Here is a bit more precision on Laporte’s working dates.
As you know he was a cutler, first registering a mark on 10 December 1825, erased 30 December 1853. He registered his mark again on 24 February 1853, erased 26 May 1863, because he changed addresses from 20 rue des Filles-St-Thomas, to number 12 on the same street. Thus Laporte worked 10 years longer than you supposed.
See Arminjon, v. I, no. 00887, p. 119.
Laporte supplied many high-end French makers, including Odiot. He won a bronze medal at the Paris 1939 Exposition of Industrial Products, the jury remarking that his work was especially prized by the foreign market. He won medals at that same Exposition in 1827, 1834, 1839, and a medal of honour in 1855.
See David Allan, p. 307.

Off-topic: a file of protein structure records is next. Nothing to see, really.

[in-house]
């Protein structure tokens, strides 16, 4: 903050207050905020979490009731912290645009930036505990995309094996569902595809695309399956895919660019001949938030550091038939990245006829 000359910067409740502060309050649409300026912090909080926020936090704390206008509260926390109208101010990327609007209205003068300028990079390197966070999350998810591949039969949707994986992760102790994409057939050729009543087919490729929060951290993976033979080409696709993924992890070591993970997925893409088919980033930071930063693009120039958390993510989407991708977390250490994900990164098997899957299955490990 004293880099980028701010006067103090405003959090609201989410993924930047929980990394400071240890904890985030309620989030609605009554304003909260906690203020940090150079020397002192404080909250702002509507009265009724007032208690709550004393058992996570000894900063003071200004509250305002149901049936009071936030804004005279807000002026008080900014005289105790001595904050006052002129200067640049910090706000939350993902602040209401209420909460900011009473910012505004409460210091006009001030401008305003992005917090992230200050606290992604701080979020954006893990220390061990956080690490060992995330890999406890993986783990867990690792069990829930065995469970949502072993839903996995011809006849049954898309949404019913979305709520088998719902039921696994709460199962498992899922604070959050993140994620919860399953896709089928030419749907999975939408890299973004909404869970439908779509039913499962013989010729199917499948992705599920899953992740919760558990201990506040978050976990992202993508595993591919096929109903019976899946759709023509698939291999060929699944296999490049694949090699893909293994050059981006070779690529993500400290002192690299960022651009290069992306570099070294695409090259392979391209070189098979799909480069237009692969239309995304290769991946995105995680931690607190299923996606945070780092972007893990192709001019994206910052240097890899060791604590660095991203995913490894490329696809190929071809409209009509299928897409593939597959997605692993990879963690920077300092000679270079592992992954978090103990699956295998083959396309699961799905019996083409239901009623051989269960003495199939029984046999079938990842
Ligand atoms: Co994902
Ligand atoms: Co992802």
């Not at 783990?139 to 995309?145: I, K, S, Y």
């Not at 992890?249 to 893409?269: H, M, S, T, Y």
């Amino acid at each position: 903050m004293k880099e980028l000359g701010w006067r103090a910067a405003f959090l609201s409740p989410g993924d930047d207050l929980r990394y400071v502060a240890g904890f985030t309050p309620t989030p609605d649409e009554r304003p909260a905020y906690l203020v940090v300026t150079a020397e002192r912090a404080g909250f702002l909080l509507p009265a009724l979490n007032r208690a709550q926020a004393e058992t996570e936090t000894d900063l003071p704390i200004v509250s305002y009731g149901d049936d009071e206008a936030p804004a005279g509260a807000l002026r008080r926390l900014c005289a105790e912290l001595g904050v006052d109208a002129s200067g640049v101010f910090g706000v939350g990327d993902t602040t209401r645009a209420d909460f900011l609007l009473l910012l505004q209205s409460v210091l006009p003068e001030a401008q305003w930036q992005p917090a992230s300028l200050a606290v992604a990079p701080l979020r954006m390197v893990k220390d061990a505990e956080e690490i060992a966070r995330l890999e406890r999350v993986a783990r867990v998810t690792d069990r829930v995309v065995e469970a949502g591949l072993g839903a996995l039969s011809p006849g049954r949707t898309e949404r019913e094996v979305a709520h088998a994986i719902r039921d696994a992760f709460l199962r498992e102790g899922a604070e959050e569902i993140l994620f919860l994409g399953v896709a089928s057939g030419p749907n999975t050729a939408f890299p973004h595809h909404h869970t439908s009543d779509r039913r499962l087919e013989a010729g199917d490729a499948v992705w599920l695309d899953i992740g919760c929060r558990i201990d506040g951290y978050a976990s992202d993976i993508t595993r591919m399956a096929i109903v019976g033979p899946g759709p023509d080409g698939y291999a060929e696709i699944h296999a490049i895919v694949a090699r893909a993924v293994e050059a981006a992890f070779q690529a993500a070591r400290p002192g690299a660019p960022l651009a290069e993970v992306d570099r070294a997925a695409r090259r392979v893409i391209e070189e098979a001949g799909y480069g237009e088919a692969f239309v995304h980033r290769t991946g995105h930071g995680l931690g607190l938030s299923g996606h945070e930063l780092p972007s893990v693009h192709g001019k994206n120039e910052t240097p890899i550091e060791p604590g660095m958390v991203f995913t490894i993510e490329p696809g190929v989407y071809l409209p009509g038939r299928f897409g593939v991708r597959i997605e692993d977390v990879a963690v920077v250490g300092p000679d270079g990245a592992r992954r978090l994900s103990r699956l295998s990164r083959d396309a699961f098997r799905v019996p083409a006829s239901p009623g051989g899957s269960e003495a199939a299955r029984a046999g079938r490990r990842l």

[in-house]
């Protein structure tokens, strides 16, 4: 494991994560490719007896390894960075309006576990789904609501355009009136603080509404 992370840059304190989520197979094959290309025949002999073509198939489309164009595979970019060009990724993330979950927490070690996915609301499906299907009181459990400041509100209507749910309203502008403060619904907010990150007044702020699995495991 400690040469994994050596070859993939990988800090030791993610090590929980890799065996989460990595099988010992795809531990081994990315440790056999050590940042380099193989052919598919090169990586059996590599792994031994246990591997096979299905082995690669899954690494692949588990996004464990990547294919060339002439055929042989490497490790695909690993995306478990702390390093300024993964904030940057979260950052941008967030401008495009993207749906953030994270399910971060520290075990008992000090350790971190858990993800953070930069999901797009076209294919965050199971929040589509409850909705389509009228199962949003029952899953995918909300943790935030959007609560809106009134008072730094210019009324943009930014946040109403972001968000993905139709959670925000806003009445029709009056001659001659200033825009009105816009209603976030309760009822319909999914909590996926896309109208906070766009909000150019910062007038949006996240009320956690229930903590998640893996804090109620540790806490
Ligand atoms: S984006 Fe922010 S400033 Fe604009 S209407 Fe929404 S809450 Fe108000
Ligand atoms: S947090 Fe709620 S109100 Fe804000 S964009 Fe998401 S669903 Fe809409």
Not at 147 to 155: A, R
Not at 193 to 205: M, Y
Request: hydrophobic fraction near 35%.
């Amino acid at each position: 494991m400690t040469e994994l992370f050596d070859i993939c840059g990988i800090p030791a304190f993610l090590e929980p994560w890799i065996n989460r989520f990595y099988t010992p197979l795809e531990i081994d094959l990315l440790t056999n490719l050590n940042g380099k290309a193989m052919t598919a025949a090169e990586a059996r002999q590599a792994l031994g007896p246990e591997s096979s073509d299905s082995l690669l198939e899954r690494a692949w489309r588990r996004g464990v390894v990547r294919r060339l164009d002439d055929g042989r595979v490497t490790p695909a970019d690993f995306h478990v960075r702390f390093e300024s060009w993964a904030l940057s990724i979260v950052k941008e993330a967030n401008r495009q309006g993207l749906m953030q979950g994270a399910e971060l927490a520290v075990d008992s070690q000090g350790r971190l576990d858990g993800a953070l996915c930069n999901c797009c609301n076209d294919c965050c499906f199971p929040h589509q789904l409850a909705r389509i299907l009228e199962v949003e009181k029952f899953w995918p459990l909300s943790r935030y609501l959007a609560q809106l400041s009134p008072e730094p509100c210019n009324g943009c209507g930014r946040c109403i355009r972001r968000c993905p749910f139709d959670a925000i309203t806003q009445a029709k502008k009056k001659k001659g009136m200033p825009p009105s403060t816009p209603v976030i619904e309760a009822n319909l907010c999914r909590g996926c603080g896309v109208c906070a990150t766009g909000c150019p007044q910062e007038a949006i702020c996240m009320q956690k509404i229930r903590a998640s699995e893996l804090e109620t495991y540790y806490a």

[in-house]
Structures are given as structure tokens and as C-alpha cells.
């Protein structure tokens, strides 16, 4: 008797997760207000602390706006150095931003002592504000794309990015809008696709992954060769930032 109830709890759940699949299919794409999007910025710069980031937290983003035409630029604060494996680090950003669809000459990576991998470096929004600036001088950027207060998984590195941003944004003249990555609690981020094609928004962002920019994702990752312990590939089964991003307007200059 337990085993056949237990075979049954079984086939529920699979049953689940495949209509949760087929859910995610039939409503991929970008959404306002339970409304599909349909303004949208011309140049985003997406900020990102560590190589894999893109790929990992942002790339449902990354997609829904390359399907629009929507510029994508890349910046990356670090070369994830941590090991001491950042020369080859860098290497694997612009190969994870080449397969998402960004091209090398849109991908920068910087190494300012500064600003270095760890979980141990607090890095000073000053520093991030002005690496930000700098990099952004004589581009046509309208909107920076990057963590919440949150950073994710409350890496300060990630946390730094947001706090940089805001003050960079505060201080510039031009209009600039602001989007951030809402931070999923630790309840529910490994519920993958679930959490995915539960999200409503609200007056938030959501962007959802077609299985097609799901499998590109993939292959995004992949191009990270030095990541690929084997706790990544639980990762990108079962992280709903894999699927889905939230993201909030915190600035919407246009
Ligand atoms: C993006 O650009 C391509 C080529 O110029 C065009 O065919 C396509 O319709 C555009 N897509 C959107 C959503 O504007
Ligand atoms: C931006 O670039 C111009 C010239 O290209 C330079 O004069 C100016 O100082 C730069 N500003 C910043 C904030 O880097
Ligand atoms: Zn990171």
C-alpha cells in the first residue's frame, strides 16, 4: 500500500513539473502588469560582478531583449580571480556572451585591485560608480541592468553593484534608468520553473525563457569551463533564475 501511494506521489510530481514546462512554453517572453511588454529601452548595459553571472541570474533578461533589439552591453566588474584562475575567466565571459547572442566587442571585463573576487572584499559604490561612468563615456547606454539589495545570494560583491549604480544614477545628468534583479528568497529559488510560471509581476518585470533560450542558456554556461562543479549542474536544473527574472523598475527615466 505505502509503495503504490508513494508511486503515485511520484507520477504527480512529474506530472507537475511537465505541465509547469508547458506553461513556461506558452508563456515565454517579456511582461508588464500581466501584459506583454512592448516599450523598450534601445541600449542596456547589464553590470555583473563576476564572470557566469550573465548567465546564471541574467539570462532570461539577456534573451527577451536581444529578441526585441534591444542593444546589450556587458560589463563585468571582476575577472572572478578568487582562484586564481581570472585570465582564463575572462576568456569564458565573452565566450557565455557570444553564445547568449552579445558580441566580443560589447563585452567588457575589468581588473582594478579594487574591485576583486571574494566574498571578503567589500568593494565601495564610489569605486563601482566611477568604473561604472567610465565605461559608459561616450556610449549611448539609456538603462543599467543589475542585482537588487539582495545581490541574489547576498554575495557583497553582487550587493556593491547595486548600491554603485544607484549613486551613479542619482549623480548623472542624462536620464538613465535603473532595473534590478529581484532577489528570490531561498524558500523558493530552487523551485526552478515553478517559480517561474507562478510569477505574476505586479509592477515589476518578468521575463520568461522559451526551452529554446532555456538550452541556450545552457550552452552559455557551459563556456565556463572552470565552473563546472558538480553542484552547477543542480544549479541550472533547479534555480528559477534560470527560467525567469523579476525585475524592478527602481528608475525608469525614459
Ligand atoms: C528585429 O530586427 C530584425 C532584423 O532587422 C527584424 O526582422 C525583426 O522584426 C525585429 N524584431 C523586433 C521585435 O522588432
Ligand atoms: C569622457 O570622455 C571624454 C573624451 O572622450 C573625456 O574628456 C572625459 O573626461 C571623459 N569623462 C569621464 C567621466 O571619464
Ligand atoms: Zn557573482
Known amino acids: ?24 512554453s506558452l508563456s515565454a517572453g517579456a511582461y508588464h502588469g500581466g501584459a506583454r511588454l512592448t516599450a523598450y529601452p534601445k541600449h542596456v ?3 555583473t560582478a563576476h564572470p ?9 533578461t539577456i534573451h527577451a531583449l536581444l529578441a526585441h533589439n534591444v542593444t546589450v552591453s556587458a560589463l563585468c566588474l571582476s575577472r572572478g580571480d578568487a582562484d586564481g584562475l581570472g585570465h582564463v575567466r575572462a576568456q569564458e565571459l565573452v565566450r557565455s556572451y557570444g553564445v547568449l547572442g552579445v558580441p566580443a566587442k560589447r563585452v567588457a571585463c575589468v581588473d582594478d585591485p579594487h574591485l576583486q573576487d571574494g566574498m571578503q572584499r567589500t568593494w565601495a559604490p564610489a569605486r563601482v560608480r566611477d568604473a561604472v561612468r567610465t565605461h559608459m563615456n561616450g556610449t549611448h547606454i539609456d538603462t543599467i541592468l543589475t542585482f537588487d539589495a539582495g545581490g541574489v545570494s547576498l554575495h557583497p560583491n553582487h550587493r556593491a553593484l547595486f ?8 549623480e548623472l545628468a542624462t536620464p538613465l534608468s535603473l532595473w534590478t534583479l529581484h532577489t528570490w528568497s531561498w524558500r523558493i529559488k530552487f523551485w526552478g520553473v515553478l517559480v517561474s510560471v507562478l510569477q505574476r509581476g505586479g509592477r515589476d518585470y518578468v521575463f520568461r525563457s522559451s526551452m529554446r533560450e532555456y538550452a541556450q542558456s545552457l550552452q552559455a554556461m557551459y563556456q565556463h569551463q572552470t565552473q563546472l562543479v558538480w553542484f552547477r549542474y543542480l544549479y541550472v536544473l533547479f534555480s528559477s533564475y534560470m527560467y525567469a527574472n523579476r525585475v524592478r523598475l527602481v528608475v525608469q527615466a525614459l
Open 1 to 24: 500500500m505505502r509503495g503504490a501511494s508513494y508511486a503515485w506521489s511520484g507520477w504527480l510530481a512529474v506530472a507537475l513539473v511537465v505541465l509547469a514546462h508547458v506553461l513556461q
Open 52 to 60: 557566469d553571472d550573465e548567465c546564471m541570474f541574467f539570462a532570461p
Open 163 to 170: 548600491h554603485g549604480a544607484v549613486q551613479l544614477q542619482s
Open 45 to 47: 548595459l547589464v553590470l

His successor was Édouard Corvasier.
Are you aware that there are 2 Mercury head marks for French export items? The first, was in use 11 July 1840 until 1 April 1879. The second Mercury head mark (1879-1973) looked slightly different, having a 1 to indicate 950 standard silver to the left of Mercury’s neck. Your photo is too unfocused to see which Mercury head we’re seeing. But if it is the first Mercury head, this clears up any confusion regarding date of manufacture and marking.
See Tardy, pp. 204-205.
If it is the second Mercury head, Odiot might have marked this stock of blades whenever they were mounted onto one of their patterns for export.
As for the crown, to me it most resembles a Russian Orthodox bishop’s crown rather than a Russian Imperial crown. Again, better focus would help here.